I’m graduating this semester, meaning I spent the better part of last four years job hunting. Three internships and a full-time offer later, I’ve had a lot of interviews, and thought it would be a good time to write down my experiences and thoughts on the state of talent acquisition for tech. One important thing to know about tech interviews is that, like the jobs they seek to fill, they are constantly changing. There are books written solely on the topic from both the interviewer’s and the candidate’s perspective.

As far as experience goes, I’ve been through roughly 50 interviews thus far, including ones at all of the big 5, and seen a wide assortment of questions. Since I was interviewing for either internships or entry-level positions, the questions I received were tailored appropriately. Here is my categorization of most of them, as well as some opinions on their efficacy, and some gifs.

Sanity Check

Example: Fizz buzz. Merge two sorted lists.

This was often the first question I got in the interview process. It’s solvable with just a basic knowledge of programming constructs and algorithms/data structures. It’s serves as nice way to ease the candidate in and ensures they weren’t completely lying in their application. Failure and success are very easy to tell apart, and even an untrained interviewer should be able to ask and judge a response to this kind of question.


Example: How would you build Amazon. Give languages, frameworks, etc.

I only received this kind of question once, but I found it very interesting and think it should be used more often. It gives the applicant the chance to show that they are up to speed on the latest development trends outside of the classroom. The interviewer can propose alternatives to what the applicant suggests to see what reasoning they are using, and whether or not they are open to new ideas.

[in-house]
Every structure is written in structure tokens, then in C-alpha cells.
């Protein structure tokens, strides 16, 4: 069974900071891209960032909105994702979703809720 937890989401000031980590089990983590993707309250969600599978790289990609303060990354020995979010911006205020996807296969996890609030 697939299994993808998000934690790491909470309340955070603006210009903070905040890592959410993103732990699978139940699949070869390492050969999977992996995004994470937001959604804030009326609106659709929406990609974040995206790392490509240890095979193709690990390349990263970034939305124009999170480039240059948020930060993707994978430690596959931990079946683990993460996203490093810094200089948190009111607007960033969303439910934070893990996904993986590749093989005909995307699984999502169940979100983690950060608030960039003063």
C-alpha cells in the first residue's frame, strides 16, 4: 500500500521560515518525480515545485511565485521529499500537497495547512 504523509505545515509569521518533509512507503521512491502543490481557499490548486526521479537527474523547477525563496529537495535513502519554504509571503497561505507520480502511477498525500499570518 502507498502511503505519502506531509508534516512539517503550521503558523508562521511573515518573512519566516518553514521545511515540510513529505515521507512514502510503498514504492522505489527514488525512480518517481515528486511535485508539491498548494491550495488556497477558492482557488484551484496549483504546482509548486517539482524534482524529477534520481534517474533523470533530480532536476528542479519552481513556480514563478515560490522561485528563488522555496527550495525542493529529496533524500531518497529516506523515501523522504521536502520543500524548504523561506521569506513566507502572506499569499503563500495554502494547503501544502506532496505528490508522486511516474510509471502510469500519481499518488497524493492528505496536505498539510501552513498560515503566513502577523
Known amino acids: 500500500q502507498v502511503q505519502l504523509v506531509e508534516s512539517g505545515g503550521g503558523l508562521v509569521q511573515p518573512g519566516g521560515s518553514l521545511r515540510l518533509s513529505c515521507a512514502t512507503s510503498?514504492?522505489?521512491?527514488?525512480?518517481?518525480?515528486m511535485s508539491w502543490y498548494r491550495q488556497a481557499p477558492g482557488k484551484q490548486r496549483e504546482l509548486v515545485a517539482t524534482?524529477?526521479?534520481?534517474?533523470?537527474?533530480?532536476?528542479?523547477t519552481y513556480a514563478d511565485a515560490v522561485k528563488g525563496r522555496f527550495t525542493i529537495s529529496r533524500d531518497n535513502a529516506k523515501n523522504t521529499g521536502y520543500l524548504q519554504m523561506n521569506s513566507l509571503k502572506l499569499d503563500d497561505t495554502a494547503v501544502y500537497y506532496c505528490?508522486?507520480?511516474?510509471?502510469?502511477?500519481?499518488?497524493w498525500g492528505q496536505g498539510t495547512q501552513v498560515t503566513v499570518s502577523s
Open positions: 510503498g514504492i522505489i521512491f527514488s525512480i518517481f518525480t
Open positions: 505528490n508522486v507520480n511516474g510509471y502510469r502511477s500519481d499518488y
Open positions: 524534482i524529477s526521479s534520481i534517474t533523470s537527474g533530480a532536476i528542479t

Changing Constraints

Example: Find the average value of nodes in tree. Now do it without overflow errors.

If I were only going to ask one interview question, it would be one of this kind. It starts easy. Almost as easy as fizz buzz. After the candidate solves the most simple case, the interviewer adds constraints or edge cases that the existing solution doesn’t account for. Often explores trading time for space complexity. Nice because it mirrors the changing requirements and constraints of real world development. Also eases the candidate in to solving a complex problem by letting them solve the easy version first.

Puzzler (aka maybe you read it in Cracking the Coding Interview)

Example: Count inversions in a list. Detect cycle in linked list.

This is a far too common programming question at the big competitive firms. Others have written longer, more in-depth denouncements of it than me, so I will just let them speak. In short, either the candidate has heard it before and will be able to regurgitate the answer verbatim (proving that they either studied hard for the interview or got lucky), or they have not heard it (proving nothing).


Example: How many ping-pong balls fit in a bus

These are the ones that Forbes thought it was so fun to write about in Google’s early years. They’ve pretty much completely fallen out of vogue, insofar as I’ve yet to get one of them in an interview.